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A Lot or a Little?
What you will—and won't—find in this TV show.
Iffy messages about the role of women are period-correct and ultimately subverted -- women are clearly strong characters with agency, though they are told that their worth is in their appearance and that "refinement" and marrying a rich man is crucial to their future.
Positive Role Models
Characters are complex, often dark: one self-harms, one has a cruel streak, another is contemptuous of fellow students who aren't as rich, popular, and pretty as her. Authority figures aren't always caring about the dependents they're in charge of. Female characters are central to this drama, and women have strength and individual quirks.
Violence & Scariness
Long periods pass without violence, but when it does occur it's shocking and bloody: A man attempts to sexually assault a woman and ends up with a pitchfork in his foot (we see the fork going into his shoe and dark blood gushing out as he screams); a young girl is forced to show a teacher the self-harming marks under her bloomers and has rubbing alcohol applied as she screams.
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Sex, Romance & Nudity
This series is frank about bodies and their functions: A crying tween girl is made to lift her skirt to show her bloomers (we see her from behind), whereupon a teacher tells her that her "monthly blood has arrived" and she can now "have a baby." A woman's nude buttocks are briefly visible during a dream sequence.
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Language is infrequent and tends toward the vintage: "tart," "t-ts," "ass," "bastard" (meaning a person born to unmarried parents).
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Drinking, Drugs & Smoking
Characters drink alcohol from time to time, particularly those coded as unreliable or villainous, like a man who drinks from a flask before trying to sexually assault a woman.
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Parents Need to Know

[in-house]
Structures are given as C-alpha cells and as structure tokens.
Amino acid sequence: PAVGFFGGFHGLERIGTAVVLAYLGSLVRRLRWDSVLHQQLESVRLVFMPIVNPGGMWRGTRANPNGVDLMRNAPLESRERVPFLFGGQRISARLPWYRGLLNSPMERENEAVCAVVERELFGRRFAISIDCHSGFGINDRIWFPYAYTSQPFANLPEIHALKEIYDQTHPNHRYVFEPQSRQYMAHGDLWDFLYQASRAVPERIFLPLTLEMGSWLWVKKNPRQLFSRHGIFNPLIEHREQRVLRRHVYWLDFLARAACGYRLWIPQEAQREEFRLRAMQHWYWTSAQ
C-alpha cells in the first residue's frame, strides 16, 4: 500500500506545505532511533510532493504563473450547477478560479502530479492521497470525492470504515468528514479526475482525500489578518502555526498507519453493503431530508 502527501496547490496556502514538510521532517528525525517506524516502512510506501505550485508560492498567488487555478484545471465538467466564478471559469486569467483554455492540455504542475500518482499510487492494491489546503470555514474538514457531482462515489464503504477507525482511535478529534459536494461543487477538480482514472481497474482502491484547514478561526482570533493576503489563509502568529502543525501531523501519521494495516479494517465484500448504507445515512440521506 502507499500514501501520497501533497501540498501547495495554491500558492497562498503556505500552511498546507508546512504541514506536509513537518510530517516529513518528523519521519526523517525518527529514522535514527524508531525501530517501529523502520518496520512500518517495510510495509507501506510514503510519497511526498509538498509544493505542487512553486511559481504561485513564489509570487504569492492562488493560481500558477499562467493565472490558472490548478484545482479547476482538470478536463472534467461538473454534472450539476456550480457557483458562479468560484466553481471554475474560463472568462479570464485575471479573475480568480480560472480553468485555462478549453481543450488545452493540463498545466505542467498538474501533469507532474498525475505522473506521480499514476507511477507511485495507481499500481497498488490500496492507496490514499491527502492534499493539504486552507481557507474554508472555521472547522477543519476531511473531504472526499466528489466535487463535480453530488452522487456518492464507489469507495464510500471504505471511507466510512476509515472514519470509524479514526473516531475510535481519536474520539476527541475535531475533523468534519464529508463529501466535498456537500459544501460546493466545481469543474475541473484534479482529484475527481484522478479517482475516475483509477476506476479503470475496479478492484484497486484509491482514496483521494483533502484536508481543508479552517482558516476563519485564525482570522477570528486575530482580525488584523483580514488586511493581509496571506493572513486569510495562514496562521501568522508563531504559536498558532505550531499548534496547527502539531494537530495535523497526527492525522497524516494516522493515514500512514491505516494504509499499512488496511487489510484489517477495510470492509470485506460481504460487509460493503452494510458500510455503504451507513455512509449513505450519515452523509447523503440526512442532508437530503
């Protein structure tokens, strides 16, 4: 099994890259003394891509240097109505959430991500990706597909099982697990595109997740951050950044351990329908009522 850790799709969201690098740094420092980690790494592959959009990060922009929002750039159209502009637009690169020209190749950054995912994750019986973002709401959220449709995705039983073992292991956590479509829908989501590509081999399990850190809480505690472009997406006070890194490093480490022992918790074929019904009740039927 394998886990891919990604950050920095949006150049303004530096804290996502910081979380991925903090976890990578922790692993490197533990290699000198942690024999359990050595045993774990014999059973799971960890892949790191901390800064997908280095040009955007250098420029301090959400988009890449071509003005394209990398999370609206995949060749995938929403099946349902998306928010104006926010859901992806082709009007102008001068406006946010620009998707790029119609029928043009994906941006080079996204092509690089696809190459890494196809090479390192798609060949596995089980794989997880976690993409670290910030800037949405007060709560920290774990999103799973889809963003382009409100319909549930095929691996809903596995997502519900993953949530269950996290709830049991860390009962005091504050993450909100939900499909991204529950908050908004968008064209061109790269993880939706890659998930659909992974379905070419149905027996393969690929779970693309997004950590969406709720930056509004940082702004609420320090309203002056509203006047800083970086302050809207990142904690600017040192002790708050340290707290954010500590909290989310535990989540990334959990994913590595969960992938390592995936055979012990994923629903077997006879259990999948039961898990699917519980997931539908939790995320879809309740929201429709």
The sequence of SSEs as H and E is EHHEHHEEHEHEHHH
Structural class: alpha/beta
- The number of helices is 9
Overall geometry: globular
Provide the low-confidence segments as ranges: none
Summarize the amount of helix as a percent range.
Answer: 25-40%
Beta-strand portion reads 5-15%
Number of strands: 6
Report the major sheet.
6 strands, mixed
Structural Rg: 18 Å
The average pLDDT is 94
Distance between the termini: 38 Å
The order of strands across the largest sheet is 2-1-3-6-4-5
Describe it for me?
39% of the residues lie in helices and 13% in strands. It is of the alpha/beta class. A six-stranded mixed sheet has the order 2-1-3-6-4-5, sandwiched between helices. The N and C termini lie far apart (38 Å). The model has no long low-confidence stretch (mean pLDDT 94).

Parents need to know that Picnic at Hanging Rock is a period drama about a group of schoolgirls who vanish on a trip to a strange rock formation. Violence is infrequent but shocking: A man's foot is impaled with a pitchfork while he's trying to sexually assault a woman, a young girl has bloody marks on her body from self-harm that her teacher sadistically "cleans" with rubbing alcohol. A woman's bare buttocks are briefly visible during a dream sequence. Characters drink alcohol, including a man who slugs from a flask before attempting to rape a woman. Language is infrequent and period-correct: "t-ts," "ass," "tart," "bastard."
Is It Any Good?
Sensual and creepy at the same time, this update on a classic Australian tale has beautiful visuals and a fairytale-like mystery at its center. How could four girls climb a rock but only three come down? Fans of the classic 1975 art-house movie of the same name (or the equally classic 1967 novel) will note that though the underpinnings of this version of Picnic at Hanging Rock are the same, the characters are smartly updated. In 1975 Mrs. Appleyard was a tight-bunned patrician great aunt-type and the girls ethereal and indistinguishable nymphs in white dresses. In the 2018 version, the headmistress is a woman with a Secret Past, and each student is sensitively sketched, particularly free-spirited tomboy Miranda.
Dormer's Mrs. Appleyard is also a measure more cruel than her 1975 predecessor, particularly to charity ward Sara (Inez Currõ), whose legs are laddered with self-harming razor cuts that Appleyard douses with rubbing alcohol while dispensing hard-earned wisdom about the world. How did she earn said wisdom? Watching that unfold -- along with the many other secrets of the many other characters -- is one of the many pleasures of this fascinating, slow-burning series.
Did we miss something on diversity?
Research shows a connection between kids' healthy self-esteem and positive portrayals in media. That's why we've added a new "Diverse Representations" section to our reviews that will be rolling out on an ongoing basis. You can help us help kids by suggesting a diversity update.